Regarding the dose amount of steroid ointments, package inserts gives no precise direction and it is necessary to clearly determine the standard method for dose setting. For this purpose, a method called ‘Finger Tip Unit (FTU)’ has been proposed in a guideline for atopic dermatitis, but this method has some demerits that it assume the same caliber of ointment tubes' head among different drugs' formulations and also it does not consider inter-patients' variability of body surface area. In order to establish a new dose setting strategy instead of FTU, we propose a new standard method which is based on the calculated surface area of body regions that drugs are applied. This method uses the published data of age, body weight, height, and surface area ratio of each body region to whole body surface area. Consequently, an equation to calculate the length of ointment to be squeezed out of a tube is presented for each body region, and we also propose the length for a unit area which is useful for applying to small area on any body regions. These results would be useful in the points that it clearly determine dose amount of steroid ointments and also it lead to an improvement of patients' adherence as well as improving clinical efficacy of steroid ointments.
Previous studies have indicated that there is significantly less insoluble microparticle contamination with plastic ampoules than with glass ampoules. Therefore, it is recommended that plastic ampoules are used except for certain purposes such as quality management. However, no studies have been done on the effect of standing time after opening plastic ampoules, and the purpose of this study was to investigate a relationship between standing time and plastic particulate sedimentation after opening them. All of the ampoules used were snapped open by hand and left to stand undisturbed for 10, 15, 20, 25, 30, 45, 60 and 120 seconds. Liquid was aspirated from the tilted ampoules using an 18G non-filtered needle attached to a 30 mL syringe and then their contents were diluted with 20 mL distilled water and passed through a 0.20 μm membrane filter. Persistent particles were measured using a KL-04 particle counter after aspiration of the ampoule contents. Our results suggested that accumulated plastic particulate contamination with a particle size over 2.0 μm increased significantly after 60 seconds. This finding may help reduce or prevent injection of plastic particles into patients, and the use of filters may further decrease this risk.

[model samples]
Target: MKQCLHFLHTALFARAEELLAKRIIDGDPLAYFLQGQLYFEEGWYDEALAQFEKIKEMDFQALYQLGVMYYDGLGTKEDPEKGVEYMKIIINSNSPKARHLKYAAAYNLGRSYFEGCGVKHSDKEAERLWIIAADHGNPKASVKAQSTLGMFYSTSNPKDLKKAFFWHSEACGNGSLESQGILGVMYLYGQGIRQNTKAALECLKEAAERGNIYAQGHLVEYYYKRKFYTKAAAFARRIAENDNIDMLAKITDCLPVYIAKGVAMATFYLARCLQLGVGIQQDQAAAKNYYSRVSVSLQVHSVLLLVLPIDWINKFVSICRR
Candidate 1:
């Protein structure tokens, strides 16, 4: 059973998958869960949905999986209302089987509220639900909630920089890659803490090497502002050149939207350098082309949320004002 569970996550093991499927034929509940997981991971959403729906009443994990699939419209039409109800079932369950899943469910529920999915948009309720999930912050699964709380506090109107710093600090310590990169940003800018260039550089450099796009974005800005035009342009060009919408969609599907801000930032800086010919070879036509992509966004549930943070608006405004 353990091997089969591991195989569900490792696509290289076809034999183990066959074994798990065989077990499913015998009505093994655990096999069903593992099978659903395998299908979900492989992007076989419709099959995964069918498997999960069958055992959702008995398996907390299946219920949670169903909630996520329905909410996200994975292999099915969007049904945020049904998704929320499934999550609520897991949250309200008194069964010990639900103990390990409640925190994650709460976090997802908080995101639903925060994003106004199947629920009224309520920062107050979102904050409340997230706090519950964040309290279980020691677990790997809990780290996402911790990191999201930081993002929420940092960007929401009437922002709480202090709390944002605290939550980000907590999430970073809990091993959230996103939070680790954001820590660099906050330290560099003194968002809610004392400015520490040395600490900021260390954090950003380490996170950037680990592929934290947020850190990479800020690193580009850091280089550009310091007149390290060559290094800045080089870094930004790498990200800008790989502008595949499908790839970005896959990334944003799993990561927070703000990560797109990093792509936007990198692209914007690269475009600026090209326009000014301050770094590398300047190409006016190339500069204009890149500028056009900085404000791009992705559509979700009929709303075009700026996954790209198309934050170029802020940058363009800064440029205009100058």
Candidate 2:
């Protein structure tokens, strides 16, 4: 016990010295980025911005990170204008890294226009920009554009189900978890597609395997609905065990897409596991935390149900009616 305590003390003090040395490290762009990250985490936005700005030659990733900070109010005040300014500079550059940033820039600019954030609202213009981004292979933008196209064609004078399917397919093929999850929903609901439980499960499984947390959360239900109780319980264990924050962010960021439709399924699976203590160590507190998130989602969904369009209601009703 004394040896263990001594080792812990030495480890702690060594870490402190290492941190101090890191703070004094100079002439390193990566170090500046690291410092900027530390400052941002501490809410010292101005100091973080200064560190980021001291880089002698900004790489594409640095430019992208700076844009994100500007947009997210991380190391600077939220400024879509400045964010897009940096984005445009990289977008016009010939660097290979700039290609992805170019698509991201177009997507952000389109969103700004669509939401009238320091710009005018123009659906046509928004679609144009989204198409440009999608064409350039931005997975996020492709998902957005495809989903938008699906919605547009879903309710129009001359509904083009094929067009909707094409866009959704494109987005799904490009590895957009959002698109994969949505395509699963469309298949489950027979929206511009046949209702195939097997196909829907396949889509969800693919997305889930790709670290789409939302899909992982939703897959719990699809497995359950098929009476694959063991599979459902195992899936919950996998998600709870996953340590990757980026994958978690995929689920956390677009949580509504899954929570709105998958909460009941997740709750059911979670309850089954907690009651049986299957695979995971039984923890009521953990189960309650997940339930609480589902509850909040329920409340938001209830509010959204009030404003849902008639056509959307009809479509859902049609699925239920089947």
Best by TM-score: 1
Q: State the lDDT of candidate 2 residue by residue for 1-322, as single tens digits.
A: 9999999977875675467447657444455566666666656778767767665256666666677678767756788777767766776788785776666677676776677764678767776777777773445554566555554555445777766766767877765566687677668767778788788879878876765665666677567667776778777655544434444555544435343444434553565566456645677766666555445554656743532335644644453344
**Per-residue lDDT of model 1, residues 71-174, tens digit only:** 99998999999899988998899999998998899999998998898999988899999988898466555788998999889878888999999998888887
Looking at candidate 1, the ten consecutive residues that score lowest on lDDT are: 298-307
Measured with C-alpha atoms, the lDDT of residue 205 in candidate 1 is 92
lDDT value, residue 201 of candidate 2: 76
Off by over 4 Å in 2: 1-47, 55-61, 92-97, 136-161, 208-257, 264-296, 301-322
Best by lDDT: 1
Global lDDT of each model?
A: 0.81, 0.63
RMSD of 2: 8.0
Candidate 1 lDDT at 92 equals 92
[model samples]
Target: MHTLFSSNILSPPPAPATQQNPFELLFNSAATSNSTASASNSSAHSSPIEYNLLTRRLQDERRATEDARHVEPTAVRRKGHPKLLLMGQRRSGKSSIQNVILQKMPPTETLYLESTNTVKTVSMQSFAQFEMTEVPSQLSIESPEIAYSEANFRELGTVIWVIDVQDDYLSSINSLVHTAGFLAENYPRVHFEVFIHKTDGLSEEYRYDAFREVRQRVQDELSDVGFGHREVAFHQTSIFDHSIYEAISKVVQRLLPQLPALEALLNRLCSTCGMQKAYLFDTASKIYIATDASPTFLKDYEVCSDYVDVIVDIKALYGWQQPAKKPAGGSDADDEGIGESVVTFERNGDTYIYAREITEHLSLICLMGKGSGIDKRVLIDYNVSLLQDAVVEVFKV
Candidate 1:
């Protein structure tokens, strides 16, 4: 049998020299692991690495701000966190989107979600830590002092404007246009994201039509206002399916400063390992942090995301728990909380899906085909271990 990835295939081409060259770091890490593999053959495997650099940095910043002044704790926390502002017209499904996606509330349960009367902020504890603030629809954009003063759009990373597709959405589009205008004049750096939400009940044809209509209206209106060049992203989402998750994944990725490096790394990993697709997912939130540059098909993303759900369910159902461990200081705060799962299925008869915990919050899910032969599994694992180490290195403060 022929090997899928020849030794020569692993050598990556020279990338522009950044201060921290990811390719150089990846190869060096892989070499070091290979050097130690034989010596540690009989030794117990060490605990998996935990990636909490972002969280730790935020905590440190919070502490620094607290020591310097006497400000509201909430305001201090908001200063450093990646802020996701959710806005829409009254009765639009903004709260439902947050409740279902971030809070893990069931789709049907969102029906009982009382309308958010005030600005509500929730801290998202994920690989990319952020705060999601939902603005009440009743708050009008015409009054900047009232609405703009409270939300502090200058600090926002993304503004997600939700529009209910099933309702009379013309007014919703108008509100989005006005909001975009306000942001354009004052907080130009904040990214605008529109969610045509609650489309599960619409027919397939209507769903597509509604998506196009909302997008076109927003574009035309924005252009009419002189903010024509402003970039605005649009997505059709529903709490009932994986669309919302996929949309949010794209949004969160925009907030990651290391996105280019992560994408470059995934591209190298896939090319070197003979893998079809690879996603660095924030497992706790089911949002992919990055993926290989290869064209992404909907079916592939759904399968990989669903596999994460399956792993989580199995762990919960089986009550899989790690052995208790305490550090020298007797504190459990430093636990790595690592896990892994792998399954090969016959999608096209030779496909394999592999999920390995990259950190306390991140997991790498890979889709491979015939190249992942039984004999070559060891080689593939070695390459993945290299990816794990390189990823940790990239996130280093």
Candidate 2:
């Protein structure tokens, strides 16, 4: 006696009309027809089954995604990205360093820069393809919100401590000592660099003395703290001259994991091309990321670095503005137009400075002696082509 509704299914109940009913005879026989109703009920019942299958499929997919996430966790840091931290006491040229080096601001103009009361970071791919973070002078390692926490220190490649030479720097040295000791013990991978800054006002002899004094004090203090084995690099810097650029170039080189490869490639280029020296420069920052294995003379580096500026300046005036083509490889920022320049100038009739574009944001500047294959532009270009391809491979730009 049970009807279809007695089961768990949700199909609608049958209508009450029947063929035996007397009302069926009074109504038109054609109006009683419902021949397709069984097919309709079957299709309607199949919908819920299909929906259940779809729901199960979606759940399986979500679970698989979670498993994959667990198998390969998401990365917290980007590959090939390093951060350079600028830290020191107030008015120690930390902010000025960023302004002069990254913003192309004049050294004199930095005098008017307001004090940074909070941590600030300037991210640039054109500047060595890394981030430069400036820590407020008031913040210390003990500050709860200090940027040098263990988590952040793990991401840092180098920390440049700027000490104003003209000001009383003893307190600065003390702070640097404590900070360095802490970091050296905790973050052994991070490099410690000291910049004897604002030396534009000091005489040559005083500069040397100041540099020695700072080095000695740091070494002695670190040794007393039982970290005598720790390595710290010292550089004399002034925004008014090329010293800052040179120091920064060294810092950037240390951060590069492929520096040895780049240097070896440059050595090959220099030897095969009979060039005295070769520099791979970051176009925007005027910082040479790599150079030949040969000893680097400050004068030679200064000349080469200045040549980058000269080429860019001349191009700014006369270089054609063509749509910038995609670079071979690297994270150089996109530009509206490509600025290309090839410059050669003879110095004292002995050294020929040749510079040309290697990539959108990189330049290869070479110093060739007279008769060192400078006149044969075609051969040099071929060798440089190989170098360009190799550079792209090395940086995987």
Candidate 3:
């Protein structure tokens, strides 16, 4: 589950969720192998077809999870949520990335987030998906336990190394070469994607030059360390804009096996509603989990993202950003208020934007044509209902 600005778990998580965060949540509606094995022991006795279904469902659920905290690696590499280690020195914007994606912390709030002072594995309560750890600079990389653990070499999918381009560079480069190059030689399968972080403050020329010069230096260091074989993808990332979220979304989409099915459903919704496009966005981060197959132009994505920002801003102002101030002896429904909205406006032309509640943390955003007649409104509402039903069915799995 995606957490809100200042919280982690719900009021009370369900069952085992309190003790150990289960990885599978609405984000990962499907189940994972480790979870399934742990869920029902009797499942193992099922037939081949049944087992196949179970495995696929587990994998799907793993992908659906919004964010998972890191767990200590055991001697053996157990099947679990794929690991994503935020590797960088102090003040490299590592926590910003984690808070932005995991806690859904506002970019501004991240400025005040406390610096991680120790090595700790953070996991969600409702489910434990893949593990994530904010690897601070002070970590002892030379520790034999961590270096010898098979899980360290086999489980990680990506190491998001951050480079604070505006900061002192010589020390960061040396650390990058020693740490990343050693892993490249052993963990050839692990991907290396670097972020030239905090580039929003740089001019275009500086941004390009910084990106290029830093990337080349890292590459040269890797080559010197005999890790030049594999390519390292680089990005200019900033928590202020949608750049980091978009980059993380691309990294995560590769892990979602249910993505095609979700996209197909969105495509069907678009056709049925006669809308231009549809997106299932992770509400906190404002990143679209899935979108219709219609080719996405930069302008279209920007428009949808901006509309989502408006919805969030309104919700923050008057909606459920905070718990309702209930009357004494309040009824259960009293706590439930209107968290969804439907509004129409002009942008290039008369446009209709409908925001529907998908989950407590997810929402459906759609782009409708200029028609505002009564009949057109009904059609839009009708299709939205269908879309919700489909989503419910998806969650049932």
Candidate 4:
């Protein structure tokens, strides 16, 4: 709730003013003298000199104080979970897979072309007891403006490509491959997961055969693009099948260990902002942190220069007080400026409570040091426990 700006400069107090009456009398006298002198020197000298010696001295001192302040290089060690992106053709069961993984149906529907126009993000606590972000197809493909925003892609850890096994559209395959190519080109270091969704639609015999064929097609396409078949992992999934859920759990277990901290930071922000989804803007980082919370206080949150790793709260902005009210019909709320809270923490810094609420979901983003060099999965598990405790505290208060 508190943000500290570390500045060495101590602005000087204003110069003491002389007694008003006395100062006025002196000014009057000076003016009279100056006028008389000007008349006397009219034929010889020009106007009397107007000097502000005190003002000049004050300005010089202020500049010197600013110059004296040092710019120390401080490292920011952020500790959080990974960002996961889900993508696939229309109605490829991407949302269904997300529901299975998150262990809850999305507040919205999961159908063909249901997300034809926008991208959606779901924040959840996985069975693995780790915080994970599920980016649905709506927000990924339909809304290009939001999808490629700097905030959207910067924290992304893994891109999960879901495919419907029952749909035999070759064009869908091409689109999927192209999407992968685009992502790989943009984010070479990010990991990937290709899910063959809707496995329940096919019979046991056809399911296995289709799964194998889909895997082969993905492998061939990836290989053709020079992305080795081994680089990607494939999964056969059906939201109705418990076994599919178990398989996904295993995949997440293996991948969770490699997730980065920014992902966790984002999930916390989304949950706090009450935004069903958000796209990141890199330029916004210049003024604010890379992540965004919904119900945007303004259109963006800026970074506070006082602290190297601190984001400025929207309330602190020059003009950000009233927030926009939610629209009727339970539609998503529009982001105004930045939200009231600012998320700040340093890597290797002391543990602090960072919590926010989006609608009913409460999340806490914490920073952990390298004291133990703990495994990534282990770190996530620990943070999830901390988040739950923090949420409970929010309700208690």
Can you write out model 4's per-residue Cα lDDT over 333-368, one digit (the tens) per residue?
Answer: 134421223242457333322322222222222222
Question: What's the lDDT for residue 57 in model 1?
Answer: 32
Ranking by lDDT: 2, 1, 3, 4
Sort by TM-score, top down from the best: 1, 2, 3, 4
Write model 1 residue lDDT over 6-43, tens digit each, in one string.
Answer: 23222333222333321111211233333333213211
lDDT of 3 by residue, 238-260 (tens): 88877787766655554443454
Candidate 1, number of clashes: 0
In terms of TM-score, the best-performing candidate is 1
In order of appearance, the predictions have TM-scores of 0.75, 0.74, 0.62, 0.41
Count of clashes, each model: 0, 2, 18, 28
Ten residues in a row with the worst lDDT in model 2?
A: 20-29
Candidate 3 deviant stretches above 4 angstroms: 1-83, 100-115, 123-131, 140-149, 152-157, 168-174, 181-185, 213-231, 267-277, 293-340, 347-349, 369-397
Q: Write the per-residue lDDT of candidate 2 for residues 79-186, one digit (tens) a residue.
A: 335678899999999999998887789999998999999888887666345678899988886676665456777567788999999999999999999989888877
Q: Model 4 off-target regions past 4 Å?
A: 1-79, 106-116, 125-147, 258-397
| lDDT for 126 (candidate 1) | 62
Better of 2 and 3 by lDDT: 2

Using a formula for calculating the glomerular filtration rate (GFR) for Japanese announced in 2009, individual patients' GFRs can be predicted by inversely correcting the formula with body surface area. In this study, we investigated the influence of the dissociation between the GFR normally employed to calculate the dose and inversely corrected GFR on carboplatin (CBDCA)-related thrombocytopenia. In a group with grade 3 or higher thrombocytopenia, the dissociation between the GFRs used to calculate the dose of CBDCA was significantly greater. Also, in an analysis of thrombocytopenia-related factors, including concomitant anti-cancer agents, the only significant difference was that regarding GFR dissociation. These results suggest that the introduction of the inversely corrected GFR for accurate calculation of the GFR and setting of CBDCA doses is useful in decreasing the incidence of serious thrombocytopenia.
We developed a scale for measuring pharmacists’ communication skills with respect to cancer patients. To this, we first devised 41 questions for improving communication skills needed for receiving cancer patients. We then carried out a questionnaire (41 questions with 1-5 graded Likert scale) survey of pharmacists (n=584) during August 2010. The collection and response rates were 36.3%. We used the completed responses from the 212 pharmacists for testing the reliability and the validity of our scale. Five factors (“Problem solution skill”, “Skill in understanding patient psychology”, “Self-control skill”, “Skill in ending reception period”, and “Skill in reporting to a patient and their family”) were extracted from 29 questions for a factor analysis. There was a high coefficient of correlation between our scale and the KiSS-18 (Social Skill) (r=0.618). The reliability of this scale showed high internal consistency (Cronbach α coefficient=0.916); thus the result of test for the validity of this scale supports high content validity. We propose the name Topics-29 for our pharmacist communication skill measuring scale.